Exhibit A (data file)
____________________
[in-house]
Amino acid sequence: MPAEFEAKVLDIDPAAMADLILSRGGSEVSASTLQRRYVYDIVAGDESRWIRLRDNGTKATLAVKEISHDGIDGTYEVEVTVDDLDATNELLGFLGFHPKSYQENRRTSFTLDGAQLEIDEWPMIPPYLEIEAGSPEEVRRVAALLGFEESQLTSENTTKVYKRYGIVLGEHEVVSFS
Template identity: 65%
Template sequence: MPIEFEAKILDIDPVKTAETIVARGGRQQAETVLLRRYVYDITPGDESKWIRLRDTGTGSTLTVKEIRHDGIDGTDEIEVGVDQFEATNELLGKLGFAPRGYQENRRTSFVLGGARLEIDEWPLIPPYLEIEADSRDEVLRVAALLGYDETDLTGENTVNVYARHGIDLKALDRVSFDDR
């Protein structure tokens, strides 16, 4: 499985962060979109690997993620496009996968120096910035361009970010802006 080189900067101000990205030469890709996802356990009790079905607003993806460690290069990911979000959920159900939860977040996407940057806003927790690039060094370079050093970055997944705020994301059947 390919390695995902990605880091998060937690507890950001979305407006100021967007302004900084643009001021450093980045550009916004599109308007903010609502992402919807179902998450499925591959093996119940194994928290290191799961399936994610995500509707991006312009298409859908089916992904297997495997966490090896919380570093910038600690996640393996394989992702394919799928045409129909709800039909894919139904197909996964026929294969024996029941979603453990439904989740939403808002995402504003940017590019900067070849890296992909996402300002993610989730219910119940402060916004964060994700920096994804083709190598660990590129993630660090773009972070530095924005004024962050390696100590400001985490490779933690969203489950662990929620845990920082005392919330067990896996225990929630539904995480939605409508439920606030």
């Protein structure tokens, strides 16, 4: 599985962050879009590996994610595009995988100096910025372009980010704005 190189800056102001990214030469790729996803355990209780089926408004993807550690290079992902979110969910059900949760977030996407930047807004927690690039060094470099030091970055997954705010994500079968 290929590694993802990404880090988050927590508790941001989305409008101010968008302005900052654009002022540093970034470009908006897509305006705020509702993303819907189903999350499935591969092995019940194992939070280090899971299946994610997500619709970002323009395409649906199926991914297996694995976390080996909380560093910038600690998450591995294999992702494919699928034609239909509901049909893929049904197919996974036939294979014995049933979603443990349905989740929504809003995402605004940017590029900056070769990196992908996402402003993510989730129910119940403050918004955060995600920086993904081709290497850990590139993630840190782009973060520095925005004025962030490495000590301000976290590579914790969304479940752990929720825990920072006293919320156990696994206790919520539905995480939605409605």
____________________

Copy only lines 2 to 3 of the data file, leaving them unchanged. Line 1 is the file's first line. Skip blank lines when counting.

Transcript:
Amino acid sequence: MPAEFEAKVLDIDPAAMADLILSRGGSEVSASTLQRRYVYDIVAGDESRWIRLRDNGTKATLAVKEISHDGIDGTYEVEVTVDDLDATNELLGFLGFHPKSYQENRRTSFTLDGAQLEIDEWPMIPPYLEIEAGSPEEVRRVAALLGFEESQLTSENTTKVYKRYGIVLGEHEVVSFS
Template identity: 65%